As part of CASRO’s great series of webinars, John Bremer of The NPD Group discussed “Elements of Non-Probability Seminar.” Besides touching on probability sampling, sample matching, and calibration, he presented an excellent taxonomy of the different types of non-probability sampling.
- Quota Sampling
- Proportional Quota Sampling – The “proportional” in the name is because the population of interest is represented almost exactly by the percentage of each cell (major demographic group) in the final survey results. So if a population is 52% female, then 520 of 1,000 respondents would be female. “Strata may be joint or interlocking” – so you might have quotas of younger women, older women, younger men, and older men. Sometimes known as “hard quotas”.
- Non-Proportional Quota Sampling – Also known as “soft quotas”, non-proportional quota sampling captures a minimum number of respondents in a specific group. For hard-to-reach populations, it might be an undersample (less than in a proportional sample), and for populations of especial interest in and of themselves it might be an oversample (more than in a proportional sample). “Here, weighting [of final results] is important because the sample doesn’t look like the population of interest,” John said.
- Convenience Sampling – Respondents are simply those “who are easily available or convenient to interview”: fellow employees, people intercepted on the street, Facebook fans of a brand, members of mailing lists, and online panelists. While an online panel can use a stratified random sample of panel members, it is still a convenience sample.
- Snowball Sampling – Snowball sampling asks respondents to recommend other respondents who might subsequently be invited to take the survey. This is useful for very hard-to-reach audiences, such as AIDS sufferers or others with rare diseases. “It’s hard to get a representative view of such a population, because of the clustering effect and the representativeness effect and because you often won’t know what the population looks like, so it is what it is—but with unknown biases.”
- Self-Selection Sampling – The respondent decides whether or not to participate, typically in one request without the chance for follow up. Classic psychology experiments are self-selection sampling, as are “surveywall”-style intercept surveys.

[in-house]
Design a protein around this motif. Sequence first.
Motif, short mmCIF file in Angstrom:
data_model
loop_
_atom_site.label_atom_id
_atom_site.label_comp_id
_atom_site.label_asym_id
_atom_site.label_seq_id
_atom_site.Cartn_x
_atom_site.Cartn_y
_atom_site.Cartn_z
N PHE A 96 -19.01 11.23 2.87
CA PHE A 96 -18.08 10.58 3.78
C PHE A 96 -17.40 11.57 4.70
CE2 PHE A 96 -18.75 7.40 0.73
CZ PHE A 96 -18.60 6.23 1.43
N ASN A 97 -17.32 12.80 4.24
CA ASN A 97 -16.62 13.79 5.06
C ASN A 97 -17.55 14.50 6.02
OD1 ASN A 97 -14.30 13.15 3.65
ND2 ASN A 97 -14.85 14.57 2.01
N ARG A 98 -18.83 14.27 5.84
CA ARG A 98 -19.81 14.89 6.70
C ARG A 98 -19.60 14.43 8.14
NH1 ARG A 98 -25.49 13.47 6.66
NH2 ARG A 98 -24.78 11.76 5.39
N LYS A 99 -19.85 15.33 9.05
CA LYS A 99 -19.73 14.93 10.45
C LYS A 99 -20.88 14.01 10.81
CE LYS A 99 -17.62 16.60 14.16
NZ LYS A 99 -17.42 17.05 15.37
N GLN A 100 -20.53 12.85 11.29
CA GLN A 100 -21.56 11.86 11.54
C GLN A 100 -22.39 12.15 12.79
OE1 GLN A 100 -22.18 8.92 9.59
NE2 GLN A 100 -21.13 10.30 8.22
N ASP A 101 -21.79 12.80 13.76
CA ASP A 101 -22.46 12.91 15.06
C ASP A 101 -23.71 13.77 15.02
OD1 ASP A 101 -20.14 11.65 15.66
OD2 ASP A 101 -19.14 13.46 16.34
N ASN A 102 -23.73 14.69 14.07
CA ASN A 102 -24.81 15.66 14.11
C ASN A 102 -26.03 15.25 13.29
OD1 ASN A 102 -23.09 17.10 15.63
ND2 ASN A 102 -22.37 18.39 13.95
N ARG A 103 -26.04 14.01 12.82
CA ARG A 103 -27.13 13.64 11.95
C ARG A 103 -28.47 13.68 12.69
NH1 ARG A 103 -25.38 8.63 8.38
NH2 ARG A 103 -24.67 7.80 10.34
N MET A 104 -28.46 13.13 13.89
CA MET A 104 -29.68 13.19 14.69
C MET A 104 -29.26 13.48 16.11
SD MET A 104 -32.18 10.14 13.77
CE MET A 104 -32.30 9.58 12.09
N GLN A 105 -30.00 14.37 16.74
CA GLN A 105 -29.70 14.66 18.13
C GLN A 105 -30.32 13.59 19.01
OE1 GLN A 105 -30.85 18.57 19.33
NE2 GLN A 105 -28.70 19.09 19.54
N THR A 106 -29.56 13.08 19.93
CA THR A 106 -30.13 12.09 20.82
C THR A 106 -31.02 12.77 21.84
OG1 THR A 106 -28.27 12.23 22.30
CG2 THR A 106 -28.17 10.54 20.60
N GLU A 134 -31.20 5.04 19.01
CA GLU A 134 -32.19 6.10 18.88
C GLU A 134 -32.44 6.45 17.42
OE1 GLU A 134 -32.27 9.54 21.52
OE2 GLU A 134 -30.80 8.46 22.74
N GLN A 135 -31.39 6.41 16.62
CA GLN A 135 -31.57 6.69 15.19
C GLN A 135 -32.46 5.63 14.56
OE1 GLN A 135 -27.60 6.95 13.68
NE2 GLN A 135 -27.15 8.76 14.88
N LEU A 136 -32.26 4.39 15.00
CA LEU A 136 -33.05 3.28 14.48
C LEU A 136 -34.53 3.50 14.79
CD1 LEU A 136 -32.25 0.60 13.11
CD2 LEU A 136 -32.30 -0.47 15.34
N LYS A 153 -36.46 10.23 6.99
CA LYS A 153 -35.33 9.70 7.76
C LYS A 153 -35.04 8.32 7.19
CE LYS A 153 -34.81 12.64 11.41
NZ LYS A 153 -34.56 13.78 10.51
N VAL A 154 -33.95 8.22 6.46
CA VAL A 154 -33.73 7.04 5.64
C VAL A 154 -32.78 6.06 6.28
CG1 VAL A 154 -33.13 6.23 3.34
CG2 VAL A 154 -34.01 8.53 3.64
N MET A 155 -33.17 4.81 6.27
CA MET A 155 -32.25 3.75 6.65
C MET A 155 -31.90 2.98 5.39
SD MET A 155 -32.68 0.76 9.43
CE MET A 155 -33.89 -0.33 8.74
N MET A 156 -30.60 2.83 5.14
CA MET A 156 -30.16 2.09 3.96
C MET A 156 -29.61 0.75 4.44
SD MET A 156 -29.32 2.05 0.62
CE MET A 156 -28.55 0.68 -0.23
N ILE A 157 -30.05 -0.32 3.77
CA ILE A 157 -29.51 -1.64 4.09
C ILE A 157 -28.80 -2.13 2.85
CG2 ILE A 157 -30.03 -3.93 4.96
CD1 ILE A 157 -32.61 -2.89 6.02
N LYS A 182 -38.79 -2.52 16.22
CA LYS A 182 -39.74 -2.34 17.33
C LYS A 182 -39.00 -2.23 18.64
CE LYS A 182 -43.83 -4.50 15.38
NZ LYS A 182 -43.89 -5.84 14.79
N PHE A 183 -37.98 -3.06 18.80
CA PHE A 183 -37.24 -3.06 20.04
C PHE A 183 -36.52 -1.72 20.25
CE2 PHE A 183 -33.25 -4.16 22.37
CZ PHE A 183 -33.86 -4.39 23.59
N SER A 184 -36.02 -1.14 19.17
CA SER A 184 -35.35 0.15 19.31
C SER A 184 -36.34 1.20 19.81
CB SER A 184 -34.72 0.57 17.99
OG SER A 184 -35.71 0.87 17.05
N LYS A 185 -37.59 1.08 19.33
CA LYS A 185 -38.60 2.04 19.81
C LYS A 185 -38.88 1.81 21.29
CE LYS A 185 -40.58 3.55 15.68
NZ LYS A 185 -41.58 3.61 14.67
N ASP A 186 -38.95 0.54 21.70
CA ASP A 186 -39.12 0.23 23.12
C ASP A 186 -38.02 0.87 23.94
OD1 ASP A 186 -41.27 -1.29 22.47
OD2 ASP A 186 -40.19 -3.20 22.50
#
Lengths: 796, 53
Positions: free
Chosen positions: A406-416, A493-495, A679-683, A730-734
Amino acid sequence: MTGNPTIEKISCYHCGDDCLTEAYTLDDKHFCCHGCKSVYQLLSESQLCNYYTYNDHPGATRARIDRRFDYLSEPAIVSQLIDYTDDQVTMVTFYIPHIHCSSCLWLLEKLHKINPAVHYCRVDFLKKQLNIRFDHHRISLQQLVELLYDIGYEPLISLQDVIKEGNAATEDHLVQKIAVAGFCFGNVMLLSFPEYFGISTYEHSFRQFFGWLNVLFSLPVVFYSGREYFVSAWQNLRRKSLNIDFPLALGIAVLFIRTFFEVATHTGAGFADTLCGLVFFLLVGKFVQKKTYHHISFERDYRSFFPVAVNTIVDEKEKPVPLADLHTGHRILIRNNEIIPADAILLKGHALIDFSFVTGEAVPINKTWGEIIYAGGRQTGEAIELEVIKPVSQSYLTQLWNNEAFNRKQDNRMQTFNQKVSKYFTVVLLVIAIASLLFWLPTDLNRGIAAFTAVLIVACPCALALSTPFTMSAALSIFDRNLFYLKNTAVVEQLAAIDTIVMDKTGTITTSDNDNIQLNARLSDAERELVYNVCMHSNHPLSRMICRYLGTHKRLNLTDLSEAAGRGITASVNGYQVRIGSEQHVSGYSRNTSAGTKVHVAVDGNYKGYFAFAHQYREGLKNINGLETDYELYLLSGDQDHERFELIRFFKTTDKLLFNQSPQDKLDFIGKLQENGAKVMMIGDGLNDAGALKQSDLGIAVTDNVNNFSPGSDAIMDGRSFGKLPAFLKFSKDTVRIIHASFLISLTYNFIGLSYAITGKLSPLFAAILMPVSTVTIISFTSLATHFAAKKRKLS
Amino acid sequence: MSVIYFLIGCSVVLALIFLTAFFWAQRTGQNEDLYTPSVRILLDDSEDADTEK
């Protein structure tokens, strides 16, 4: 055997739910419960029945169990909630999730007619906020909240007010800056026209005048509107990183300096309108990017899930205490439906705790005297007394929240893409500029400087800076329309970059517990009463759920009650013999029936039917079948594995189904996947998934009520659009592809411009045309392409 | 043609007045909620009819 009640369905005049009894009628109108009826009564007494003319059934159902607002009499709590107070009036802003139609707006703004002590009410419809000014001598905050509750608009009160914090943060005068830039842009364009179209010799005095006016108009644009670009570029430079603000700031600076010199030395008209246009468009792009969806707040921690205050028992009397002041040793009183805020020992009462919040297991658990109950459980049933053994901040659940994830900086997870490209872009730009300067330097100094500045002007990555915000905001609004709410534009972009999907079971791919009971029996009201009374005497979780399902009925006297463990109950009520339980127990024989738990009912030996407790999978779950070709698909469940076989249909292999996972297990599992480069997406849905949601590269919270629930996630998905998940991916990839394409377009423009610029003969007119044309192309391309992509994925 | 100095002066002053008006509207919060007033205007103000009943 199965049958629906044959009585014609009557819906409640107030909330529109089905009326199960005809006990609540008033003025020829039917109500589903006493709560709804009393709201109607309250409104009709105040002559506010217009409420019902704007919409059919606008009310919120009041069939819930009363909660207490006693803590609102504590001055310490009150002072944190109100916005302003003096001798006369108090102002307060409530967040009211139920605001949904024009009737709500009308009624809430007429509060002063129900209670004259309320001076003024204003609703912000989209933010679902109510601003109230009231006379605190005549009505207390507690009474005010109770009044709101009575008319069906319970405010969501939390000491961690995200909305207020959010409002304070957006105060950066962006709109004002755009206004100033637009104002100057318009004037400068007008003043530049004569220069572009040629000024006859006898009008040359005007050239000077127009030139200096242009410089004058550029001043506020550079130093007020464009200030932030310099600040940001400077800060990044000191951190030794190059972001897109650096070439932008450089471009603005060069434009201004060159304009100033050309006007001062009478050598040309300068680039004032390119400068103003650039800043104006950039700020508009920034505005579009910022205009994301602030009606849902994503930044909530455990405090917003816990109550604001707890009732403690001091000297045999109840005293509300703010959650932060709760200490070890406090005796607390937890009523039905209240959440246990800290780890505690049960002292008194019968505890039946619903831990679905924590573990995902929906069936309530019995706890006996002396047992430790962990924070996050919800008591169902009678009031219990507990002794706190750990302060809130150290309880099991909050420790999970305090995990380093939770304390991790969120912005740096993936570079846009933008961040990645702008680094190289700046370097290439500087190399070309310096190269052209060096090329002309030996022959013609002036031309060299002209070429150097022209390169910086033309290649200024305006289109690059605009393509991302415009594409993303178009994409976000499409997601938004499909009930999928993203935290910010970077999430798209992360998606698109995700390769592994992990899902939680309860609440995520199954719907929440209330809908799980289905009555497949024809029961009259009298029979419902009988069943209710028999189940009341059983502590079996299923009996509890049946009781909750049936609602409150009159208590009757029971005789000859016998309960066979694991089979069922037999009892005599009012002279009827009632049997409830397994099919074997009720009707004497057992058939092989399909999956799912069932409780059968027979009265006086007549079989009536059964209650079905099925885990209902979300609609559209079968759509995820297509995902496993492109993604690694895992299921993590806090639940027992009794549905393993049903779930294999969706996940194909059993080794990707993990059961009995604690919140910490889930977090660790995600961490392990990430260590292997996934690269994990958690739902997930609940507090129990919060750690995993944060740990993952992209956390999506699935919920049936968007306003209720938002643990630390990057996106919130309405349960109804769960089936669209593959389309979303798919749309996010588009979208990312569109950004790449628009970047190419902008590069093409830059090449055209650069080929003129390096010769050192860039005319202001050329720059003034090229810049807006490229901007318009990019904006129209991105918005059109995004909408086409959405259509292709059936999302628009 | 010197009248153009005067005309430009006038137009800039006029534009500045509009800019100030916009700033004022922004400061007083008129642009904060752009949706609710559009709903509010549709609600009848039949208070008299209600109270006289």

- Purposive Sampling – The interview or study designer chooses sampled units who, by their judgment, will meet the specific purpose of the survey.
- Maximum Variance Sampling (Heterogeneous Sampling) – For such a study, which may be more qualitative in nature, the goal is not to be representative of views on an issue but “to look at it from all angles”. Understanding the extremes is as important as understanding the typical viewpoint.
- Homogenous Sampling – The opposite of heterogeneous sampling is to deeply explore the views of a group of respondents with the same characteristics.
- Typical Case Sampling – Rather than understand all viewpoints, including the extremes, typical case sampling is interested in an in-depth assessment of the typical viewpoint while not developing.
- Extreme Case Sampling – [In the interests of time, John skipped these final four examples of purposive sampling.] Extreme case sampling is interested in understanding unusual cases such as successes or failures. For instance, a review of “unicorn” CEOs (startups worth $1 billion or more) or a study of millionaires.
- Critical Case Sampling – Studying those cases that have the most to offer in terms of understanding the population.
- Expert Sampling – Surveying experts on a particular topic, with their expertise left to the judgment of the interviewer or study designer.
- Total Population Sampling – Surveying every single member of a qualifying subgroup – for instance, employees of a firm or employees at a specific branch of a firm. Failure to survey even a few respondents can make it difficult to generalize, if non-respondents share certain characteristics that differ from the wider population.
John’s presentation provided a valuable overview of the many uses of non-probability samples. Make sure to check out other upcoming CASRO webinars!
“Simple random sampling” by Dan Kernler – Own work. Licensed under CC BY-SA 4.0 via Commons
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